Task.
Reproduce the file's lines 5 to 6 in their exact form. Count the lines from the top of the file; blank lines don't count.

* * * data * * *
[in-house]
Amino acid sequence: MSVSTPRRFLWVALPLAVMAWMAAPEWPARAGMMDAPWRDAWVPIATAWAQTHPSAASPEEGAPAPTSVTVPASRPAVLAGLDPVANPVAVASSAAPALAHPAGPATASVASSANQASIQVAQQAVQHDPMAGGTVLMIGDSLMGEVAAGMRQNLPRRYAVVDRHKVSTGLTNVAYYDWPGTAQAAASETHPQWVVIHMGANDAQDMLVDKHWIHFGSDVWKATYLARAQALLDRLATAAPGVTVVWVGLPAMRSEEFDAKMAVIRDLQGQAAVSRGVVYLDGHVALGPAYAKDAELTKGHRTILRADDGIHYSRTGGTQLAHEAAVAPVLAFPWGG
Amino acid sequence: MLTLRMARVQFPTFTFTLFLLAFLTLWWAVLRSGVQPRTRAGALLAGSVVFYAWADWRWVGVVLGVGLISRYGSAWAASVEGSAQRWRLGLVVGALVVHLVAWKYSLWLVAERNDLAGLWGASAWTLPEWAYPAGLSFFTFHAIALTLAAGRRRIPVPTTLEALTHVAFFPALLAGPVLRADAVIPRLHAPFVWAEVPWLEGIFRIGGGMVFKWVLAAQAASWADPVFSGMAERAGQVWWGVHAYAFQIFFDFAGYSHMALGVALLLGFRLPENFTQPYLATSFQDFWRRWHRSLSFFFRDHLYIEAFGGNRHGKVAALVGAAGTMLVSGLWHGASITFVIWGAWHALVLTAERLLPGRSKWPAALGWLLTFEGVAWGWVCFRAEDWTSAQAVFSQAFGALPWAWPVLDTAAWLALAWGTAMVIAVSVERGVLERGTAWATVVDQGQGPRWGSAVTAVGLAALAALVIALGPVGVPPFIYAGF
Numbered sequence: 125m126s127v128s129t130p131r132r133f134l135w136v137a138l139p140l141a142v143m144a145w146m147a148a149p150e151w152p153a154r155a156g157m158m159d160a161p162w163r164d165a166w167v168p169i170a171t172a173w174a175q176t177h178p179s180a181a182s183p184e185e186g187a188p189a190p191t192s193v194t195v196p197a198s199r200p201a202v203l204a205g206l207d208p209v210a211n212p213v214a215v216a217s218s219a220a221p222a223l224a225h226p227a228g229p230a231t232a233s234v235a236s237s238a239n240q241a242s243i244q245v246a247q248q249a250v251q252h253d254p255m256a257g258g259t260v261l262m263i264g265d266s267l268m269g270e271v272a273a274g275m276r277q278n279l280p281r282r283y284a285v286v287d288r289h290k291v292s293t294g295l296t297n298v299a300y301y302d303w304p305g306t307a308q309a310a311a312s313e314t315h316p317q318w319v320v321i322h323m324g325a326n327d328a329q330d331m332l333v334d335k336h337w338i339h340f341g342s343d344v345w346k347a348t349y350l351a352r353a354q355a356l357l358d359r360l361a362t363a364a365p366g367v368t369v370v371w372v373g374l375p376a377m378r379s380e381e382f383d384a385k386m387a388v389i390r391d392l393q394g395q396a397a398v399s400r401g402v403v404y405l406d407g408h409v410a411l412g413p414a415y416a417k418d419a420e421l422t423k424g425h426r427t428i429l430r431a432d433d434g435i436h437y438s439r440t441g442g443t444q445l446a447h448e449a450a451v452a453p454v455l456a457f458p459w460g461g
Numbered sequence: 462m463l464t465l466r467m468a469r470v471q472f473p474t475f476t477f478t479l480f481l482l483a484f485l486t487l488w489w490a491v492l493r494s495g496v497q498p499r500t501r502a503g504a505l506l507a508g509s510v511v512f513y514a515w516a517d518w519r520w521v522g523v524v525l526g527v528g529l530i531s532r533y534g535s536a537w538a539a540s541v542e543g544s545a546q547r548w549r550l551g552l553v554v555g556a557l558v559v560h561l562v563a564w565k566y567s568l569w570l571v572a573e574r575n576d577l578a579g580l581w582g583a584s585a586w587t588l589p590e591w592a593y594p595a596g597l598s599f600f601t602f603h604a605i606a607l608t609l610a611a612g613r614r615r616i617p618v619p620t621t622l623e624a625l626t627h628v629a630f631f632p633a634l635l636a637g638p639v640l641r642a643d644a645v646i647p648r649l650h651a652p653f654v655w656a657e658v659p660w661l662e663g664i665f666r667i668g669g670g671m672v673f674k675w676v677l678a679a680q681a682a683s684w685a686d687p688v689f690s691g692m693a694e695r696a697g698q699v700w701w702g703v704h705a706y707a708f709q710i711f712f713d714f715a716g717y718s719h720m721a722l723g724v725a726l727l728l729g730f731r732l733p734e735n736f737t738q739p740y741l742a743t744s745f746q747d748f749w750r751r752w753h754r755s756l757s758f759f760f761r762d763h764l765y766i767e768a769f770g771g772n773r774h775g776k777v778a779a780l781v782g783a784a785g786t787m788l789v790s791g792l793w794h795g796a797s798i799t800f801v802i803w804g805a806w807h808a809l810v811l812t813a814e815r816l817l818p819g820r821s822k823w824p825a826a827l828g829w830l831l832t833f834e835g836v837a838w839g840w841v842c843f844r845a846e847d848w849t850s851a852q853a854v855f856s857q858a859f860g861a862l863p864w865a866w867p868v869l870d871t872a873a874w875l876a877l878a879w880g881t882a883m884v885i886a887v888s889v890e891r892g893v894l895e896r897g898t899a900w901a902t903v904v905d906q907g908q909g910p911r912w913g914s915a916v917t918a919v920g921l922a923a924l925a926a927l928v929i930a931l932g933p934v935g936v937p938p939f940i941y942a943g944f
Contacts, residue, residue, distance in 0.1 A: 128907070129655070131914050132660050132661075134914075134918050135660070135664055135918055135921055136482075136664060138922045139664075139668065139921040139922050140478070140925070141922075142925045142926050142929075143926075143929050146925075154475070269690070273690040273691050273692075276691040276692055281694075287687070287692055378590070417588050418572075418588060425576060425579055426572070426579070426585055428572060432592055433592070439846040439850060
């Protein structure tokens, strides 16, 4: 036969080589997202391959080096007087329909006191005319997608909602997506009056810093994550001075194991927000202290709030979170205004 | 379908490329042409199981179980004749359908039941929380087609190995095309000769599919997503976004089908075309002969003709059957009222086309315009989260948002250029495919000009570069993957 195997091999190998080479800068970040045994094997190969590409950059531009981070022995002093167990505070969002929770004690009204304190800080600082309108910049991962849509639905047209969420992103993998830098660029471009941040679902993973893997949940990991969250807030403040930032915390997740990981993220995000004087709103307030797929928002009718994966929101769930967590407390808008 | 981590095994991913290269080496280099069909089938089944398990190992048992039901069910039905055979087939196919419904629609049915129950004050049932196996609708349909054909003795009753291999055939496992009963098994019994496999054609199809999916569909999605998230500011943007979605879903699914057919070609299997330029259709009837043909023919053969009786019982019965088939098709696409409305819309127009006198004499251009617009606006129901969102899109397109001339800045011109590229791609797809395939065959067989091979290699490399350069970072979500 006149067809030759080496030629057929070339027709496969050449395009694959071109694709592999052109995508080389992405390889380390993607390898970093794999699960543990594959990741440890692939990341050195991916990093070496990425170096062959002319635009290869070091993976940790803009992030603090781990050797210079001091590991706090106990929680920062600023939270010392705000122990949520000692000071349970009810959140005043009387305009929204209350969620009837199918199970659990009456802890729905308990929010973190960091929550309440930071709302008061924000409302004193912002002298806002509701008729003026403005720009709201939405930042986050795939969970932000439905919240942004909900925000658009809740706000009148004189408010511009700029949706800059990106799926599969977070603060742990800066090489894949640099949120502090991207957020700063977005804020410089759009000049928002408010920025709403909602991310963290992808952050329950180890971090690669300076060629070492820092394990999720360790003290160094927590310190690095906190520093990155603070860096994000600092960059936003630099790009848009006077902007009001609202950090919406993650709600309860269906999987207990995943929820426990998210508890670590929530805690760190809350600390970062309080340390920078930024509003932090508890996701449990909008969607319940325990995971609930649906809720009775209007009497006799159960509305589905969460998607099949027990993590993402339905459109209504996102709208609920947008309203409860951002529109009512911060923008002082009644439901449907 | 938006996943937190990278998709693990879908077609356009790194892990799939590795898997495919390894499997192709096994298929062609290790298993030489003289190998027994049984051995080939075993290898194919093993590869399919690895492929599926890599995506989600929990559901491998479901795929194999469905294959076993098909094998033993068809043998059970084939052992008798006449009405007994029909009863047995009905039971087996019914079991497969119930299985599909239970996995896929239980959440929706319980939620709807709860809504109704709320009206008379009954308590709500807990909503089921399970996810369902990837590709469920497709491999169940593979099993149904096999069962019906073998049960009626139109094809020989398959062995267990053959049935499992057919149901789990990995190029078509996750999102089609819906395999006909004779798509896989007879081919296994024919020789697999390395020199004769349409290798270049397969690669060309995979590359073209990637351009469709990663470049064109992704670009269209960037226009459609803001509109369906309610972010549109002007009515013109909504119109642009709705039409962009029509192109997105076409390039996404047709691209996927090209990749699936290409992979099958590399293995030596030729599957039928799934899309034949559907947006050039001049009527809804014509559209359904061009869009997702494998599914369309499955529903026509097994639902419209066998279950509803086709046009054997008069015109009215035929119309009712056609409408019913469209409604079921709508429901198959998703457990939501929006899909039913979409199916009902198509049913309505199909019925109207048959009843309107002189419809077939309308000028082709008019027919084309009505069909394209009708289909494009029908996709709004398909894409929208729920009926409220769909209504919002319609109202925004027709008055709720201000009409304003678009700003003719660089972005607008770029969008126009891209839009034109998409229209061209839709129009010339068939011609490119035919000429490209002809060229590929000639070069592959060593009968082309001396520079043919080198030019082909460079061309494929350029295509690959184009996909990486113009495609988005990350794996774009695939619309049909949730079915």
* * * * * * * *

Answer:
Numbered sequence: 462m463l464t465l466r467m468a469r470v471q472f473p474t475f476t477f478t479l480f481l482l483a484f485l486t487l488w489w490a491v492l493r494s495g496v497q498p499r500t501r502a503g504a505l506l507a508g509s510v511v512f513y514a515w516a517d518w519r520w521v522g523v524v525l526g527v528g529l530i531s532r533y534g535s536a537w538a539a540s541v542e543g544s545a546q547r548w549r550l551g552l553v554v555g556a557l558v559v560h561l562v563a564w565k566y567s568l569w570l571v572a573e574r575n576d577l578a579g580l581w582g583a584s585a586w587t588l589p590e591w592a593y594p595a596g597l598s599f600f601t602f603h604a605i606a607l608t609l610a611a612g613r614r615r616i617p618v619p620t621t622l623e624a625l626t627h628v629a630f631f632p633a634l635l636a637g638p639v640l641r642a643d644a645v646i647p648r649l650h651a652p653f654v655w656a657e658v659p660w661l662e663g664i665f666r667i668g669g670g671m672v673f674k675w676v677l678a679a680q681a682a683s684w685a686d687p688v689f690s691g692m693a694e695r696a697g698q699v700w701w702g703v704h705a706y707a708f709q710i711f712f713d714f715a716g717y718s719h720m721a722l723g724v725a726l727l728l729g730f731r732l733p734e735n736f737t738q739p740y741l742a743t744s745f746q747d748f749w750r751r752w753h754r755s756l757s758f759f760f761r762d763h764l765y766i767e768a769f770g771g772n773r774h775g776k777v778a779a780l781v782g783a784a785g786t787m788l789v790s791g792l793w794h795g796a797s798i799t800f801v802i803w804g805a806w807h808a809l810v811l812t813a814e815r816l817l818p819g820r821s822k823w824p825a826a827l828g829w830l831l832t833f834e835g836v837a838w839g840w841v842c843f844r845a846e847d848w849t850s851a852q853a854v855f856s857q858a859f860g861a862l863p864w865a866w867p868v869l870d871t872a873a874w875l876a877l878a879w880g881t882a883m884v885i886a887v888s889v890e891r892g893v894l895e896r897g898t899a900w901a902t903v904v905d906q907g908q909g910p911r912w913g914s915a916v917t918a919v920g921l922a923a924l925a926a927l928v929i930a931l932g933p934v935g936v937p938p939f940i941y942a943g944f
Contacts, residue, residue, distance in 0.1 A: 128907070129655070131914050132660050132661075134914075134918050135660070135664055135918055135921055136482075136664060138922045139664075139668065139921040139922050140478070140925070141922075142925045142926050142929075143926075143929050146925075154475070269690070273690040273691050273692075276691040276692055281694075287687070287692055378590070417588050418572075418588060425576060425579055426572070426579070426585055428572060432592055433592070439846040439850060